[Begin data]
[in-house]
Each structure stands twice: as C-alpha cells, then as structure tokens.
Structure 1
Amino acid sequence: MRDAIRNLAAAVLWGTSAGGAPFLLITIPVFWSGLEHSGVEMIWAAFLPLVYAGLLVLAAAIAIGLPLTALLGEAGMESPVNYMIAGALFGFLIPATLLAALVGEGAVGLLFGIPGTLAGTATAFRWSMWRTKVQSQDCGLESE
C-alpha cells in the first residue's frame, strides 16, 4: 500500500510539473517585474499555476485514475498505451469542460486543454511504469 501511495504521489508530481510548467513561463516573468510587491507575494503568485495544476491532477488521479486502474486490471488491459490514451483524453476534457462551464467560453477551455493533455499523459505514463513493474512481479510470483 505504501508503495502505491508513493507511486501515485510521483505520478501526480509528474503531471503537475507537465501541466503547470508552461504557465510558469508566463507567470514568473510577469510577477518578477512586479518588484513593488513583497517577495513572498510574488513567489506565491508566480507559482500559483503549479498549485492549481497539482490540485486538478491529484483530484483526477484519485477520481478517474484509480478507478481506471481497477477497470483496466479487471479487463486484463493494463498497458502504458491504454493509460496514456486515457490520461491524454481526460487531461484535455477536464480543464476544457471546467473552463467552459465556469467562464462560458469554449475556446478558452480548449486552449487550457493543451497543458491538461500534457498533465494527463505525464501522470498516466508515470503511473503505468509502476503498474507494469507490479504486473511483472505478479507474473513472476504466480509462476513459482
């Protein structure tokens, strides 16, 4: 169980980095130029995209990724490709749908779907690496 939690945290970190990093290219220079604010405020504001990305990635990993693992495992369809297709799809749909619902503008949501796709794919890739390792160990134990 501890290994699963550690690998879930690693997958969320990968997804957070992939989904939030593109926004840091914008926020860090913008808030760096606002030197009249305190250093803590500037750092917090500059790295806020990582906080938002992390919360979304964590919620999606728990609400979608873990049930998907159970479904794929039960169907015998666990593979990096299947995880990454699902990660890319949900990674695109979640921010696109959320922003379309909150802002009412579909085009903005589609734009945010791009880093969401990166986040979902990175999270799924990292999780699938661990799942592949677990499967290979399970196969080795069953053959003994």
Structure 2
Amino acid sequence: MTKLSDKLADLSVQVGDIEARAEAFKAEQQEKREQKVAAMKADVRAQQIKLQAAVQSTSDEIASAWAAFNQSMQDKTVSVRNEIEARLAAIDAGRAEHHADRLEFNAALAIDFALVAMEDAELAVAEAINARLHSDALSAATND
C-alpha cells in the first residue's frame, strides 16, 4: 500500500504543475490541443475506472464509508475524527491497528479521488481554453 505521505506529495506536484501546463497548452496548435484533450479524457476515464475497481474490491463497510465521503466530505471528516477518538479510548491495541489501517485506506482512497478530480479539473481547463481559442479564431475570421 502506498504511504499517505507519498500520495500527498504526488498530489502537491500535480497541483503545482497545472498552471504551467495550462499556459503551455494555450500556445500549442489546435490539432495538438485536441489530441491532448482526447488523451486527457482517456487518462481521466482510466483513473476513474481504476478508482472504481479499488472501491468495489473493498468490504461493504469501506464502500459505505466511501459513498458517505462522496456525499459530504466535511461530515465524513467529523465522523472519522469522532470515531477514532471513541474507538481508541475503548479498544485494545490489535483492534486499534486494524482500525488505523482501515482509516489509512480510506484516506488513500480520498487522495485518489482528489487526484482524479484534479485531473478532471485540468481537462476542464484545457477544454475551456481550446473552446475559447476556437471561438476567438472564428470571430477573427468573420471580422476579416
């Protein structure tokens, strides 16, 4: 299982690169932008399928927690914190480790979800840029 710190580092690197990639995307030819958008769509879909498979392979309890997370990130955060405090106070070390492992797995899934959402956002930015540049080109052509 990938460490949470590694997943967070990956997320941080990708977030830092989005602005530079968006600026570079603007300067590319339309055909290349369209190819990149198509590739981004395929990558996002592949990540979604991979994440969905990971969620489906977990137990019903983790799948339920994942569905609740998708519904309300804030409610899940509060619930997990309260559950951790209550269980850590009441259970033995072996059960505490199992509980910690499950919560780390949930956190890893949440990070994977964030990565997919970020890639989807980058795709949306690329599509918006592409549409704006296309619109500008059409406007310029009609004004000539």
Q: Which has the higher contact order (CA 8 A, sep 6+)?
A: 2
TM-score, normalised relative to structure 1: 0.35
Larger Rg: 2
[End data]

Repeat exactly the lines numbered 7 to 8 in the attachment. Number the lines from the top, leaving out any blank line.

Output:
Structure 2
Amino acid sequence: MTKLSDKLADLSVQVGDIEARAEAFKAEQQEKREQKVAAMKADVRAQQIKLQAAVQSTSDEIASAWAAFNQSMQDKTVSVRNEIEARLAAIDAGRAEHHADRLEFNAALAIDFALVAMEDAELAVAEAINARLHSDALSAATND